Saturday, June 21, 2008

Top 10 Childhood Health Concerns Are Preventable

According to a National Online Survey administered by the University of Michigan's C.S. Mott Children's Hospital, smoking, drug abuse and childhood obesity are the Top 10 US Childhood Health Concerns.

The poll, administered last year, surveyed 2,000 adults & asked them to rank their concerns. The list is pretty revealing, considering that internet safety is now considered a health problem, & that childhood obesity made the Top 3, ahead of alcohol abuse & teen pregnancy. Another thing to note is that all of the "concerns" on this Top 10 List are entirely preventable problems.

1. Smoking. Forty percent of adults rated smoking as their top health concern for children.

2. Drug Abuse. Adults were more likely to rate drug abuse as a concern based on their children's emotional health. Those who reported their child's emotional health as "good," "fair" or "poor" were more likely to view drug abuse as a major health problem for children compared with parents who rated their child's emotional health as "excellent" or "very good," according to the study.

3. Childhood Obesity. According to poll results, adults with a higher education were more likely to rate childhood obesity as their No. 1 health issue for children than adults with high school education or less.

4. Alcohol Abuse. "Households with lower incomes less than $30,000 per year are significantly more likely to rate alcohol abuse as a problem than families with higher annual incomes," according to Dr. Matthew Davis, who conducted the survey. "We also found that alcohol abuse by teens was a bigger concern in households with a single or divorced parent, compared with households with married parents."

5. Motor Vehicle Accidents. Driving accidents involving teenagers are a universal concern across all socio-economic groups

6. Teen Pregnancy. This is one of those Good News/Bad News deals. Although teen pregnancy made the Top 10 List, Dr. Davis reported that rates continue to fall across ethnic groups & income levels.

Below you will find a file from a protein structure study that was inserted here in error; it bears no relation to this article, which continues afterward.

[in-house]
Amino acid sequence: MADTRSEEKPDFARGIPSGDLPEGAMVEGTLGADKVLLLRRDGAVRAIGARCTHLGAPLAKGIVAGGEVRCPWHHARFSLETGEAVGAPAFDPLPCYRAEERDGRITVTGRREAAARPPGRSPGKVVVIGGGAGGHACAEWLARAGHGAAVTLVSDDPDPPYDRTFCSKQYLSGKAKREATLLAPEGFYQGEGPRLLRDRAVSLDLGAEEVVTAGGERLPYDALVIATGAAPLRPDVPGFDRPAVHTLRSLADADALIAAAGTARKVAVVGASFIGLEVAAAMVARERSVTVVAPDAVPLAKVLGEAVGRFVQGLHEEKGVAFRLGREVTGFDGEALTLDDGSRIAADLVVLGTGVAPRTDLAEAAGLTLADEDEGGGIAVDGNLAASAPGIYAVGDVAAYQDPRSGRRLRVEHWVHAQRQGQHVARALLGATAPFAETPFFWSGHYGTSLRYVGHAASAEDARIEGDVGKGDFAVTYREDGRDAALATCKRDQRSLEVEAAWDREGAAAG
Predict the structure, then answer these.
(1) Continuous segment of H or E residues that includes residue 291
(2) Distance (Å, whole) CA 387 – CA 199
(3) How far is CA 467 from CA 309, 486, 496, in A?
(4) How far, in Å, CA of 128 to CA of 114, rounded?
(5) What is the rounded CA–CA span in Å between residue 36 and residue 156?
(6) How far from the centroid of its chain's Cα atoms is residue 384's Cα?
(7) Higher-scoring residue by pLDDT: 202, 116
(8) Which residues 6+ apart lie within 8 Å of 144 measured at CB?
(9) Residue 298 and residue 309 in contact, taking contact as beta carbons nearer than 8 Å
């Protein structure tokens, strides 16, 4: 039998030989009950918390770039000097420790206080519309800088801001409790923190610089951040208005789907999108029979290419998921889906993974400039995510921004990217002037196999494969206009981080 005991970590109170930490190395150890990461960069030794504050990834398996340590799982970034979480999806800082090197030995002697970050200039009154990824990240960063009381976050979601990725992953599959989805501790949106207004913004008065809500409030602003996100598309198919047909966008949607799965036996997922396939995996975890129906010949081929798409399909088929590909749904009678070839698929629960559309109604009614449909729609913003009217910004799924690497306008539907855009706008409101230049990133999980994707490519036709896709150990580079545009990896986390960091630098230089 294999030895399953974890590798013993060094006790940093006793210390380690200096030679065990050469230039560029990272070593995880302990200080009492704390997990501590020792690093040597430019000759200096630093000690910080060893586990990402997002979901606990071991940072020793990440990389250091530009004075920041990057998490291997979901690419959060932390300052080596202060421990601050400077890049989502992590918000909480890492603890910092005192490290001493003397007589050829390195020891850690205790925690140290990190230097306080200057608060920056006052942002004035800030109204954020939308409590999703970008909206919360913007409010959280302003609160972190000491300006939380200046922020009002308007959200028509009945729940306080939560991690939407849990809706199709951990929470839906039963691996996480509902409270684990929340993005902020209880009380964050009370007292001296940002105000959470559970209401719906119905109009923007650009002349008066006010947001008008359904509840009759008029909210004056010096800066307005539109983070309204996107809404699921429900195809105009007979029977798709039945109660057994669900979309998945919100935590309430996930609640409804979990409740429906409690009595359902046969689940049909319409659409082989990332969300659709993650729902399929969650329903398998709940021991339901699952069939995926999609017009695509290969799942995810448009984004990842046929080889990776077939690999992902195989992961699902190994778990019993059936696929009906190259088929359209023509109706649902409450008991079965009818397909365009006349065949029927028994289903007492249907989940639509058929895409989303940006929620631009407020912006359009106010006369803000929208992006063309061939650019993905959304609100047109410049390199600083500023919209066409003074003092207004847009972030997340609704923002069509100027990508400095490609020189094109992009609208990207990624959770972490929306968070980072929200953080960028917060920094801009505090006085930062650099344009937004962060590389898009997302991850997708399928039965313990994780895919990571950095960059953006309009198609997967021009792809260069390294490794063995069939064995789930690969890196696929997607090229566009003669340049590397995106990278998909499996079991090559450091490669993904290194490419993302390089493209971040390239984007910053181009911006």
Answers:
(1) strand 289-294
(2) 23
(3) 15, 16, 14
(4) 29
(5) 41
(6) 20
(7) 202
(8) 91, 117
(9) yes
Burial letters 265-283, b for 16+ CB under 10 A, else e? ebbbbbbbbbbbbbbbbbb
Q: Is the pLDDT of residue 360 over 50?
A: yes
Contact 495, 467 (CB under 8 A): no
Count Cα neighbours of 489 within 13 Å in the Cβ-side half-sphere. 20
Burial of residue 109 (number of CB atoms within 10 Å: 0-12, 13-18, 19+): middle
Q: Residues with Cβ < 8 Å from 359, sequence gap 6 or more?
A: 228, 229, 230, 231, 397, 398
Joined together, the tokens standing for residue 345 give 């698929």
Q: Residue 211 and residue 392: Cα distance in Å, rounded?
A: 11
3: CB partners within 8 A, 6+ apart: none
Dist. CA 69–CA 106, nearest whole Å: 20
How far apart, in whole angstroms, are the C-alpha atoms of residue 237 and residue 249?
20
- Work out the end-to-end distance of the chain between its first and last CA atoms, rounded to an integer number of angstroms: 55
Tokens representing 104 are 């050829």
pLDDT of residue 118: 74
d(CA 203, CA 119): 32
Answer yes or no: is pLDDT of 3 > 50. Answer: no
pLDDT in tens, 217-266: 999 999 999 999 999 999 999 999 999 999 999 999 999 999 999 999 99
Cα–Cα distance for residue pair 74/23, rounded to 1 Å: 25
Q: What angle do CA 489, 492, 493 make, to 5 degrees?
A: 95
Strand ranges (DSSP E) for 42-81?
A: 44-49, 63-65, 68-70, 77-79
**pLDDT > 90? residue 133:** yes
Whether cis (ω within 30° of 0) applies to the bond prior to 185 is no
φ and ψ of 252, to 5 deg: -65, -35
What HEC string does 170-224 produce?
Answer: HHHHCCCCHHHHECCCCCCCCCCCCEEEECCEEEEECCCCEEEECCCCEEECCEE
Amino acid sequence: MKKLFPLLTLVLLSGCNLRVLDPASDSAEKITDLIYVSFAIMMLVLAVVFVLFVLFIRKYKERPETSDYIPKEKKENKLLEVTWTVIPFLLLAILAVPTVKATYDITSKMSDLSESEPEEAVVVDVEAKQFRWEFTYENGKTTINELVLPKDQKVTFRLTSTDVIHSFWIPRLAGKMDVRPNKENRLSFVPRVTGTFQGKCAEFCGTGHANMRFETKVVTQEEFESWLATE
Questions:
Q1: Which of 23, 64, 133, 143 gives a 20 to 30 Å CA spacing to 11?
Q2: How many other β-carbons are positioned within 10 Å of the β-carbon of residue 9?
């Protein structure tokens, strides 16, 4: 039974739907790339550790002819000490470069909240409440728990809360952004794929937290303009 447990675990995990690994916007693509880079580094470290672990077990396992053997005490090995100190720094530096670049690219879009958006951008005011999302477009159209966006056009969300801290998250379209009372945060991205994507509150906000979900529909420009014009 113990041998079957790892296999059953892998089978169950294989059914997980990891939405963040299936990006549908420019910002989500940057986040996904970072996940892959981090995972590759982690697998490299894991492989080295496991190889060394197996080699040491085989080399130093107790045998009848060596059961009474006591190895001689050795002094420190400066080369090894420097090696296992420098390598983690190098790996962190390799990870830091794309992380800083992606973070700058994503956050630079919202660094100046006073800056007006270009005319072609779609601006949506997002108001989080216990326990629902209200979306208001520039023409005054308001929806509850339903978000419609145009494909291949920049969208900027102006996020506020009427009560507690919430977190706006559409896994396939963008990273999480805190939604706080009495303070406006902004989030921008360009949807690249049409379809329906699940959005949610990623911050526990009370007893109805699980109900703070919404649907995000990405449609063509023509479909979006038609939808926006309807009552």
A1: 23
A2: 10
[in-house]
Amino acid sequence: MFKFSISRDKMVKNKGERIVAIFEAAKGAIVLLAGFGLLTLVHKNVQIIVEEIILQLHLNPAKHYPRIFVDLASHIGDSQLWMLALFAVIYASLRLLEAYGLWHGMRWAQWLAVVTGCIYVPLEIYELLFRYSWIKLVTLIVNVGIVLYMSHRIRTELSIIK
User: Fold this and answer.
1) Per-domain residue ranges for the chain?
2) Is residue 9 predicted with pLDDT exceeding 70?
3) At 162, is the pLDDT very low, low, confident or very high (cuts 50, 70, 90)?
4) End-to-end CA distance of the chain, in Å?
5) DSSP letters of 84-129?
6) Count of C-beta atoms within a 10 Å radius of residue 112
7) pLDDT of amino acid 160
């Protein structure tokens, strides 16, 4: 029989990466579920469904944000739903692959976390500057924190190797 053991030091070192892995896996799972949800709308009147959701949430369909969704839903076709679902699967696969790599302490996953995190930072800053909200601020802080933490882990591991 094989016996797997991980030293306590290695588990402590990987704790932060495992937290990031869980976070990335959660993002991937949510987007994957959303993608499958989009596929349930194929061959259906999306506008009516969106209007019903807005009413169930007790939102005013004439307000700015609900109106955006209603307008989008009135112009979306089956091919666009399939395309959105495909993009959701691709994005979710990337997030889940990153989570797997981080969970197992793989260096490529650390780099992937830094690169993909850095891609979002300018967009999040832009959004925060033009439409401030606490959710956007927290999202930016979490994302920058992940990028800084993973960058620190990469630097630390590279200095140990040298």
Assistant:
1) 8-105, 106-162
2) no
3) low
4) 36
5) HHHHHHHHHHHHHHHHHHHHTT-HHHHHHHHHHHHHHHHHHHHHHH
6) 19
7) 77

7. Internet Safety. Thirty-two percent of women and 21 percent of men reported they were concerned about Internet safety.

8. School Violence. The poll measured school violence concerns a month before last year's tragedy at Virginia Tech, so it is likely that it may rank higher now than it did last year, according to Dr. Davis.

9. Sexually Transmitted Diseases. STDs were considered a problem across ethnic groups, but households with lower incomes also rated these infections as a greater health concern for children than households with moderate or high incomes.

10. Abuse and Neglect. About 22 percent of survey respondents viewed abuse and neglect as a health concern for children.

This poll is a heads-up for parents, teachers, community leaders & even the federal government. Parental involvement in kids' lives still appears to be the best way to combat these ills. Targeted government involvement--at the local, state & national levels--could help, too. The Prevent Defense can be more than just a football strategy.


Corey~living and loving said...

looks like an interesting blog you have started here. :)
thanks for your comment on my blog today.

Sigh...there certainly is a lot to worry about when it comes to our children's health.
have a good weekend!

Veggie Mom said...

Corey: You're sure right about that! Come visit later this week & I'll share some sweet secrets on childhood nutrition!

Anonymous said...

Thanks for commenting on my blog... You have a great thing going here, and I share many of the same concerns. I love your pop'rs - so cool!

Veggie Mom said...

mikki roo: Stay tuned to this space for some giveaway action that you & your kids will love!

Genny said...

I enjoyed stopping by your blog. I always love getting good info on nutrition for my kiddos. Thanks for stopping by!

Veggie Mom said...

genny: I'll keep blogging! More info on family fun to come!

ConverseMomma said...

I love seeing a blog like this with real purpose and information. Rock on Veggie Mom!

Veggie Mom said...

converse: Thanks mucho! If you come across any interesting tidbits that I should include in this blog, feel free to share! :)

Anonymous said...

Among the eight components of a CSHP model are Physical Education and Family and Community Involvement. GAO studies show that the program strategy identified by experts as most important to prevent or reduce childhood obesity is "increasing physical activity," and that parental and social support for physical activity is associated with increased physical activity.

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